Quaker Ideals in Edward Hicks’ Painting
On the 4th of April 1780, American painter and minister Edward Hicks was born in Bucks County, Pennsylvania to Anglican parents, but was raised in the Quaker faith by one of his mother’s friends after she passed away when Hicks was still a baby. Trained as a coach painter, he later became a Quaker preacher. He tried his hand, albeit unsuccessfully, at farming to support his growing family, but found that he could cope better financially by painting.
Quaker (Society of Friends) beliefs prohibited a lavish lifestyle, having excessive quantities of objects or materials. The religious evangelic movement were known for their refusal to participate in war or swear oaths; they also opposed slavery and teetotalism, and believed in plain dress. In search of economic opportunities and a more tolerant environment in which to build communities of “holy conversation,” some Friends from England emigrated to the Northeastern region of the United States in the early 1680s. Hicks grew up in such a community in Pennsylvania.
Unable to maintain his work as a preacher and painter at the same time, and finding the latter more lucrative, Hicks transitioned into a life of painting, and he used his canvases to convey his beliefs. He was unconfined by rules of his congregation, and able to freely express what religion could not: the human conception of faith. Although not considered religious images per se, Hicks’ best known paintings, such as the Peaceable Kingdom series, exemplify Quaker ideals. “Earthly needs and religious conviction were crevices in his spirit that, as Alice Ford observes, released “a stream of landscapes . . . begun, prudently, with a ‘Peaceable Kingdom’ (…) Hicks repeated the subject nearly fifty times in the next twenty-five years.”
In them, “Evil was represented by the wolf, the leopard, the bear, and the lion, each with an ancient element that extends to humans. The lion stands for the choleric element, fire; the leopard, the sanguine element, air; the wolf, the melancholic element, earth. Good found its allegory in the lamb, the kid, the cow, and the ox. According to Hicks’s interpretation of Isaiah’s prophecy, the lamb would “overcome” the wolf and lose its fear in peaceful reconciliation.” (Richard E. Ahlborn, review of Alice Ford’s Edward Hicks: His Life and Art in Winterthur Portfolio, Vol. 21, No. 4, Winter, 1986).
Alice Ford suggests that we should accept Hicks’ Kingdoms and the farms as a moral allegory for mankind’s nature and its capacity for order and peace. Hicks preached through his paintings about the human quest for a redeemed soul, most likely inspired by his theological beliefs, one of them being the Inner Light, a fundamental Quaker doctrine. Its founder, George Fox, explained that along with scriptural knowledge, many individuals achieve salvation by yielding one’s self-will to the divine power of Christ and the “Christ within”, or “God in everyone” a concept taken from the Bible’s Colossians 1:27. So the humans and animals in Hicks’ paintings coexist in harmony by possessing this blessing by reuniting all living beings in peace.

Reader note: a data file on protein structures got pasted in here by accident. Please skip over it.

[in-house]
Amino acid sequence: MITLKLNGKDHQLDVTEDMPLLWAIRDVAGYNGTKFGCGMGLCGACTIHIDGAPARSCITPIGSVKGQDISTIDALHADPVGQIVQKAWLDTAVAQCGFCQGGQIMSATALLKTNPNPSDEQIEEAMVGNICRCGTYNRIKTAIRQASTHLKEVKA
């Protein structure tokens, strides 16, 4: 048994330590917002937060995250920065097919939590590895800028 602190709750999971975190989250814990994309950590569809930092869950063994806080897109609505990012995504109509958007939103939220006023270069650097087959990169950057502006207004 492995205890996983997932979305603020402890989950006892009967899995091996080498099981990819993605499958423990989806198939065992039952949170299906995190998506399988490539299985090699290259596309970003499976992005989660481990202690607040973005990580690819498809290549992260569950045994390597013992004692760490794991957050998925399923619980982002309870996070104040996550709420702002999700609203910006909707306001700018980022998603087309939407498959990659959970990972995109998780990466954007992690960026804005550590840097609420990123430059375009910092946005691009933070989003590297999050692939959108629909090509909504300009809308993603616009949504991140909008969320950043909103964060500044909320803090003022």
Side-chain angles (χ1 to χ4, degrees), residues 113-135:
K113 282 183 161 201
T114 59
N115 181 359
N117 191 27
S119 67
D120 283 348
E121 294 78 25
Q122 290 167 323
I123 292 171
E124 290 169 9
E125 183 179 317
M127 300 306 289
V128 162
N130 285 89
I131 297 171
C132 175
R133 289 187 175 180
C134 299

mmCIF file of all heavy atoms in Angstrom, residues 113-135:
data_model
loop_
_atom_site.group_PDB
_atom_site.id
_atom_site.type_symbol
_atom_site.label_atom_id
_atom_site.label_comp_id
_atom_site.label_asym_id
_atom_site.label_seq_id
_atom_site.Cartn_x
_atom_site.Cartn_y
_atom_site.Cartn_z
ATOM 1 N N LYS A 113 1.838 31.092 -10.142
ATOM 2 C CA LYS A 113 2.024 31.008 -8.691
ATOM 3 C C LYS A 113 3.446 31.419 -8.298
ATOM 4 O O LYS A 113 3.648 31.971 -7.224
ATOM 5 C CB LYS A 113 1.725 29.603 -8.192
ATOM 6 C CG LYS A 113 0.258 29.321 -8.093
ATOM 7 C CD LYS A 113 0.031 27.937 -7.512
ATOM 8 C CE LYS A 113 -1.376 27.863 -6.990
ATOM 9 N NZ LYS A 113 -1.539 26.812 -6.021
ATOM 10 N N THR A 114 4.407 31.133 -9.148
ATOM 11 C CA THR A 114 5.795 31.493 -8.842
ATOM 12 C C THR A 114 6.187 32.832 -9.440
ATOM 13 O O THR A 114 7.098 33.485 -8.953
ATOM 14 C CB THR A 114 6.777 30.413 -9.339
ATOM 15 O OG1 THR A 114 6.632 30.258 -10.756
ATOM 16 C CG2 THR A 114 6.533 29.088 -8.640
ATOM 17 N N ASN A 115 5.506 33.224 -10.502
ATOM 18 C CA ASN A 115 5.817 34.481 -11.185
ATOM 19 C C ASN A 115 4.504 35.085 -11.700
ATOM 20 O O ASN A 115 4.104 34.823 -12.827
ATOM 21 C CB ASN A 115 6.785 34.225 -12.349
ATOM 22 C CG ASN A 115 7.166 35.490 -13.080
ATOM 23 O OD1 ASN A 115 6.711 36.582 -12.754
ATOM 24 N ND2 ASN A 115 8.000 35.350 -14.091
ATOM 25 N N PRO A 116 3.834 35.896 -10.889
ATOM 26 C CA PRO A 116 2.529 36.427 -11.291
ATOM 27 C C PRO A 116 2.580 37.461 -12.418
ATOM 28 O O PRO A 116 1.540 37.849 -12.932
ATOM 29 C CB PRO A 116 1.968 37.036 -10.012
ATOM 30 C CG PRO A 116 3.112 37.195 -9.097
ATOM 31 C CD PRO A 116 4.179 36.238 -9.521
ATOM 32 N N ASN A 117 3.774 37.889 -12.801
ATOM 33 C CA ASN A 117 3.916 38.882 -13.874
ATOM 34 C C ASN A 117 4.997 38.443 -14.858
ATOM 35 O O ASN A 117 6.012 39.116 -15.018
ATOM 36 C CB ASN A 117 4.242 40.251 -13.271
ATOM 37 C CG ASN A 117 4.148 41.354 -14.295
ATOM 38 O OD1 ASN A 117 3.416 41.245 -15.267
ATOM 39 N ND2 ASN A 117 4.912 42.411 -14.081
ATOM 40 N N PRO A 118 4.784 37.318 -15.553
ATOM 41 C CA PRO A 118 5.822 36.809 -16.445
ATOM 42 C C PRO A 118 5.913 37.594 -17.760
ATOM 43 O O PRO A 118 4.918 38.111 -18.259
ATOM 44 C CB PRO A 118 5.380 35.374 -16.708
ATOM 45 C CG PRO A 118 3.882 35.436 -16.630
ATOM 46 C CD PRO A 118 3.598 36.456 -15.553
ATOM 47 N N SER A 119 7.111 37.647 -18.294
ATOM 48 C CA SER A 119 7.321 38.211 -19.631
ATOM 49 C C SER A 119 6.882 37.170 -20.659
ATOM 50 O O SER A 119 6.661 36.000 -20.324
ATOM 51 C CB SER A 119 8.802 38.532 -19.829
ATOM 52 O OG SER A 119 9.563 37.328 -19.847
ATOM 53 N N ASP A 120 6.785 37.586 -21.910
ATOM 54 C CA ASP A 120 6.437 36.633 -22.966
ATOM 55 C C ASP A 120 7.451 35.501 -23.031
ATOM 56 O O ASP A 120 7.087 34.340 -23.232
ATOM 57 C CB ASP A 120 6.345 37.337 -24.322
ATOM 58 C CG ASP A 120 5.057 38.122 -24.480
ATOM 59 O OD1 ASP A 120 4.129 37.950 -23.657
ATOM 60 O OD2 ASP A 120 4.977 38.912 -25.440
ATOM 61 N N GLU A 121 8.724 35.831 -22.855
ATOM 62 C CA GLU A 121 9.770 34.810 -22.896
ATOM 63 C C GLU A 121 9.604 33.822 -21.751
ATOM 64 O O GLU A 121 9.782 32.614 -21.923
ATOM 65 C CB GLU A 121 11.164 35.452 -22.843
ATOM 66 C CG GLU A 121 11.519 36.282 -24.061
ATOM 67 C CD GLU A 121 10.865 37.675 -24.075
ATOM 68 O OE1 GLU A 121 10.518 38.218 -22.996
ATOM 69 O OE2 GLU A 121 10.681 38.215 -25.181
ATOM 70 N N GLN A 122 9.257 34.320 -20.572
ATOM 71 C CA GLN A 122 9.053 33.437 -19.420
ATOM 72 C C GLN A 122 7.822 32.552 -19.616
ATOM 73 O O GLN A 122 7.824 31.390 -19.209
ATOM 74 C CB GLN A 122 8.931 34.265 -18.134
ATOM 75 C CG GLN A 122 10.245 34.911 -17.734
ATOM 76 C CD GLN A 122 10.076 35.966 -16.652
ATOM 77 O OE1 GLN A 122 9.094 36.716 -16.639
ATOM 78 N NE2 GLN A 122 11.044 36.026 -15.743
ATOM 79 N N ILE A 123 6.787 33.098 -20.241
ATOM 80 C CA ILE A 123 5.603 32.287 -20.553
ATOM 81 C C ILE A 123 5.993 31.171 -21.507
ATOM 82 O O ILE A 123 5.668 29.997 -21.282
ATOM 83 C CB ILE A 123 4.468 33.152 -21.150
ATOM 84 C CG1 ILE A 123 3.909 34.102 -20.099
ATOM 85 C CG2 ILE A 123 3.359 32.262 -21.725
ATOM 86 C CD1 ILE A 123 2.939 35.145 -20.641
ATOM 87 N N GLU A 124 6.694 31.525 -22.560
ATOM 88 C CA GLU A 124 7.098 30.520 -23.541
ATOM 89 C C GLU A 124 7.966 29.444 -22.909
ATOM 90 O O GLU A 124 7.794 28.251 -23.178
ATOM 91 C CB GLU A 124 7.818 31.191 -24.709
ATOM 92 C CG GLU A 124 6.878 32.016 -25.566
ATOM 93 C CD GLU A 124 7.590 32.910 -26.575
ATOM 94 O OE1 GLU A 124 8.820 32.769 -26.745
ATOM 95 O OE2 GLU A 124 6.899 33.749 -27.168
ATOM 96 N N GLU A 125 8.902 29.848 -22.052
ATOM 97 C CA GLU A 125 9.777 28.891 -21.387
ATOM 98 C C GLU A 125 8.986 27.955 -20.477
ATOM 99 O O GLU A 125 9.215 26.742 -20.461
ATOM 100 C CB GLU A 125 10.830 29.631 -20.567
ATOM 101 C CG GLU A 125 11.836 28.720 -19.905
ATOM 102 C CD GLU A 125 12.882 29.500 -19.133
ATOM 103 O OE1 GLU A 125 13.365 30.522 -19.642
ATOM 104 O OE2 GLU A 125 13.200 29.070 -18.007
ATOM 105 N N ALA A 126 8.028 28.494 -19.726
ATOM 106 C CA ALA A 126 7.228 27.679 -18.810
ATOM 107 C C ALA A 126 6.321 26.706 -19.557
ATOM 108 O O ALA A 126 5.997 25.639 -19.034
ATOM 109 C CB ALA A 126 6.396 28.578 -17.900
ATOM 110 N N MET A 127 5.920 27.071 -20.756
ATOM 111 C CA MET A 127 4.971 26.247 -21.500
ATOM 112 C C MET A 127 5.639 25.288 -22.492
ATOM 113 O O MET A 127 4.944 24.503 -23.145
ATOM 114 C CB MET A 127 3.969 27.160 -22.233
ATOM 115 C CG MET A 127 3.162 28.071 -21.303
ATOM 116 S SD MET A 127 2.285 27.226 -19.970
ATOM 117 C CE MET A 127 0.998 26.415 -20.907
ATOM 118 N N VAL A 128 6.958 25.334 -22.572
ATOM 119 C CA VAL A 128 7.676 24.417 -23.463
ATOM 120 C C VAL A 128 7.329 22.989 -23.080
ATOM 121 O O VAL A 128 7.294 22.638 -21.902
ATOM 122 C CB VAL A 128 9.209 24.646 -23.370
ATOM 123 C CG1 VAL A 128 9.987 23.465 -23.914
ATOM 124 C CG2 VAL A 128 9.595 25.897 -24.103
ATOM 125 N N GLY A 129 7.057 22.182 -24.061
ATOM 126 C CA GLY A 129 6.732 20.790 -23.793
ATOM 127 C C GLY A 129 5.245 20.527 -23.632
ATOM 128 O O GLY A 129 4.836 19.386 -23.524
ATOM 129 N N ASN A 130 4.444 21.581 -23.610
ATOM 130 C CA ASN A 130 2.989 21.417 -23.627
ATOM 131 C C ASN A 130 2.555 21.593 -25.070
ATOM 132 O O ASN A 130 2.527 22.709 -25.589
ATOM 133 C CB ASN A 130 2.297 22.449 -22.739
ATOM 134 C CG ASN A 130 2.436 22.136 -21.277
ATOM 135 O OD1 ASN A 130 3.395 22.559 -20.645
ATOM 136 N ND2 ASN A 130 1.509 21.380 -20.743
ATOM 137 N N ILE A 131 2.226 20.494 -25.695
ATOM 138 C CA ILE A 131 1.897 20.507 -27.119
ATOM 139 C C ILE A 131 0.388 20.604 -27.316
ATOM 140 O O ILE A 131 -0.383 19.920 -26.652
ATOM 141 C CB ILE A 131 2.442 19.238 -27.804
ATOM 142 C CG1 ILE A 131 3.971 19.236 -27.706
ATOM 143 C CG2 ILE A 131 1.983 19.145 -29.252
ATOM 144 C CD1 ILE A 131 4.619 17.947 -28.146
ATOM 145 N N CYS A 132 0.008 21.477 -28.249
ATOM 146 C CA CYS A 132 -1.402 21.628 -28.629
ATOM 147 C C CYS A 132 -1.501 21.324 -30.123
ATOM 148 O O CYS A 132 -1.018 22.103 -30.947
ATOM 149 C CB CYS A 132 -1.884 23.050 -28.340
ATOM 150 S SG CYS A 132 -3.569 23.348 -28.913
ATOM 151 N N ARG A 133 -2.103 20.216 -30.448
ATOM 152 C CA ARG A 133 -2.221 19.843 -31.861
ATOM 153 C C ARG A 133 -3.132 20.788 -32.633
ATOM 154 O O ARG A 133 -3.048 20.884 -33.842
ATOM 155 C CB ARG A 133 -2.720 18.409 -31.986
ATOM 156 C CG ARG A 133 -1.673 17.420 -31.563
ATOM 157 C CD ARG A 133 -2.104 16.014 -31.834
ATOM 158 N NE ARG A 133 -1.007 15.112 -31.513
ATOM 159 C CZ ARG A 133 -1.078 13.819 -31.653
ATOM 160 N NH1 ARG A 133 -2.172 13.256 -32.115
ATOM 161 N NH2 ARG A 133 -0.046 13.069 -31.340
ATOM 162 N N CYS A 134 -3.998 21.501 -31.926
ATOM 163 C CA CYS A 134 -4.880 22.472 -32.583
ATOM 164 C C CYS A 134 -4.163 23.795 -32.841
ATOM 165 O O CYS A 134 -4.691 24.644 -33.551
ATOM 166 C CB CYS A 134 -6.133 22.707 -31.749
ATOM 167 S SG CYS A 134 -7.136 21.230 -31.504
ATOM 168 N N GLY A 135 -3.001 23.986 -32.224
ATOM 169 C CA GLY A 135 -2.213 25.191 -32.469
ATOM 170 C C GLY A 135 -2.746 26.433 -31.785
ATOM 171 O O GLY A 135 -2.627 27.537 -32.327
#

In an essay about the art of Hicks, J. M. Vlach underlined the fact that Hicks’s painting was not given much justice while seen merely as belonging to the generalised category of American folk art. So, it is advisable to see the artist not only as an American, but as a Pennsylvania Quaker, “not as original, but derived, not as optimistic but anguished. The only qualities of folk tradition that can legitimately be claimed were in the artist, not the artworks. Too often the term “folk art” is used as a convenient umbrella under which many orphaned objects find shelter. Many do not really belong there, and paintings are a particularly glaring example. Almost forty years ago Clement Greenberg had the good sense to recognize that the category of folk painting was a contradictory term, at least in Western society: “After all, folk art hardly ever included pictures as such; not since Paleolithic times had European ‘folk’ used color and line for anything other than decoration.” (Clement Greenberg, ‘Primitive Painting,’ in Art and Culture: Critical Essays, 1961).
“His main point was that the so-called American Primitives who seemed to flourish in the nineteenth century were tied to academic precedents via printed media, not to folkloristic traditions. This was certainly true of Hicks’s works, and although his use of academic sources was well known, it was blithely over-looked, and he continued to be hailed as “America’s foremost folk painter,” as if the facts did not matter.” (John Michael Vlach, ‘Quaker Tradition and the Paintings of Edward Hicks: A Strategy for the Study of Folk Art’, The Journal of American Folklore, Vol. 94, No. 372, Apr. – Jun., 1981). One needs to look at Hick’s work as much more than ornamental folk painting, done as a pleasurable pastime, and dig deeper, to find the man behind the art and the way his beliefs seep into its symbolism.
Feature Image: Edward Hick, Noah’s Ark, oil on canvas, 1846 Philadelphia Museum of Art